Hello, my name is J.R. Williams. I’m a woman, a writer, a mom, a wife, a friend, a coffee drinker, a technophile, and a Chicagoan. I was born and raised in the Ukrainian Village area. I went to the University of Illinois and studied English and Communications. I love words. I think, talk, and read a lot. Sometimes I design jewelry. Sometimes I create web pages. I believe that being simple is complicated. I believe that as writers it’s our obligation to bring to light our personal experiences; whatever that is for us. I believe in supporting others, dreaming big, and being positive. Welcome to my blog.
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"You have to believe. You have to believe if your spouse or your parents or that annoying woman at church sneers at your abilities or the importance of children's and YA literature. Anyone who thinks that books for young readers and their creators are not two of the most significant forces in the universe is worthless scum on the excrement of worms and not worth any further consideration. Anyone who doesn't believe in you is worse. But there will be those people, and you have to sum up enough strength in yourself to continue anyway."
"I believe that man will not merely endure: he will prevail. He is immortal, not because he alone among creatures has an inexhaustible voice, but because he has a soul, a spirit capable of compassion and sacrifice and endurance. The poet's, the writer's, duty is to write about these things. It is his privilege to help man endure by lifting his heart, by reminding him of the courage and honor and hope and pride and compassion and pity and sacrifice which have been the glory of his past."
I recently came to the realization that I can no longer call myself young. Maybe it’s my growing appreciation for animal prints and comfy flats and using words like “comfy” that has me convinced. The truth is I’m getting wiser and looking the part. Things they are a-changin’.
And even though getting older scares me, there are a few things about aging that I appreciate. I am grateful for the experiences I’ve had over the years and for the time I have left. I value who I am. I trust myself and most importantly, I’ve learned who I want to spend my time with and what I want to spend my time working on. The truth is time is priceless. It’s worth more than money and more than any singular object.
I’ve squandered away so much time worrying about the past. So far, it’s had no benefit on my life. In fact, it’s inhibited me from following through and moving forward. I want to create, see new places, and learn new things, but the more time I spend worrying about things I can’t control, the more control I lose over my life. So you know what? I’m not worrying about things I can’t control anymore. I’m living for myself, not for obligation.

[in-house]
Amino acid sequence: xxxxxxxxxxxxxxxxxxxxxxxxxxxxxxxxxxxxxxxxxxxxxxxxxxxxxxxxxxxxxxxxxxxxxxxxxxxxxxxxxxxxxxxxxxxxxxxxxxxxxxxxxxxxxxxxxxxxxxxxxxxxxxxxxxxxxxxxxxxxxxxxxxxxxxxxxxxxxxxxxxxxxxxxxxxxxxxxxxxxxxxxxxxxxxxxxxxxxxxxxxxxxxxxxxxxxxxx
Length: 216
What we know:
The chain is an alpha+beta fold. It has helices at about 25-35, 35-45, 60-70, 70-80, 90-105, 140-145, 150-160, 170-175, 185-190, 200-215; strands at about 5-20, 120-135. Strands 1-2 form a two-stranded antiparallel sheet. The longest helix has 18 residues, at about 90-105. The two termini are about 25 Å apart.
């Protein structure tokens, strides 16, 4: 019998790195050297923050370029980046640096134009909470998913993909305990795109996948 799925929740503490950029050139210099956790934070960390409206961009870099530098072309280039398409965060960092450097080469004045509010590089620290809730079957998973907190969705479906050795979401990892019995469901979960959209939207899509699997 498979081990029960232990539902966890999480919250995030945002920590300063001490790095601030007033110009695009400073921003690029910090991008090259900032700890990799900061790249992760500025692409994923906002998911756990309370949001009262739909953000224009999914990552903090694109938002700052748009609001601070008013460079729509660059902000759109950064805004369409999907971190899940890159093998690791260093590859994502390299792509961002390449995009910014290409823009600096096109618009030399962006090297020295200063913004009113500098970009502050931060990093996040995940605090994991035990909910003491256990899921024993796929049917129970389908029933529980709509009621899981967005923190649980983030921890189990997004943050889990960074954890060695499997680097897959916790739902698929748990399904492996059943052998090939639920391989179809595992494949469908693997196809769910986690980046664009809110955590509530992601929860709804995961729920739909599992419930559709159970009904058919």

About the only thing I can think of worth more than my time are the quality relationships I’ve created with that time. Nothing can take the place of a great confidant or a soul mate. It’s the good relationships that make life worth living.
When I was a child, I used to the think the key to life was happiness. I now think the key to life is living. Living for yourself and making the most of your time, whatever time you have left.
The Third Writers’ Platform-Building Campaign by Rachael Harrie is now underway. I implore you to check it out and sign up. It was great last year and I expect it to be even better this year. To learn more about this campaign, please visit: Rachael Harrie’s Blog.
One of the best things about the online writing community is the ability to connect to one another through websites, forums, blogs and conferences. Yes, I said conferences, ONLINE conferences! In case you haven’t heard, there was a huge conference going on this past week called, The WriteOnCon.
The WriteOnCon is a free online writer’s conference held every summer. This summer it was from Tuesday, August 16th thru Thursday, August 18th. There were lit agents and editors abound. They provided several tips on the process of writing, how to professionally conduct yourself online and the future of the publishing industry among other things. The amount of information available was incredible.
My favorite parts of the conference were the live chats, the vlogs and the articles. So basically, I loved the entire thing.
Watch this awesome vlog:
The live chats provided several insider tips for writers. Here are some of my favorites:
Michelle Andelman said, “Use the query letter to pitch your project. Use social media (in the background) to pitch yourself.”
She also said, “Reliance on dialogue tags is a common prose issue I find with lesser known writers, reliance on them to reveal emotion where characterization should be doing the trick.”
“Opening on dialogue often jars me.”
According to Emily Meehan, “Amp up your online presence. Make friends, but good friends and don’t say anything you will want to take back!”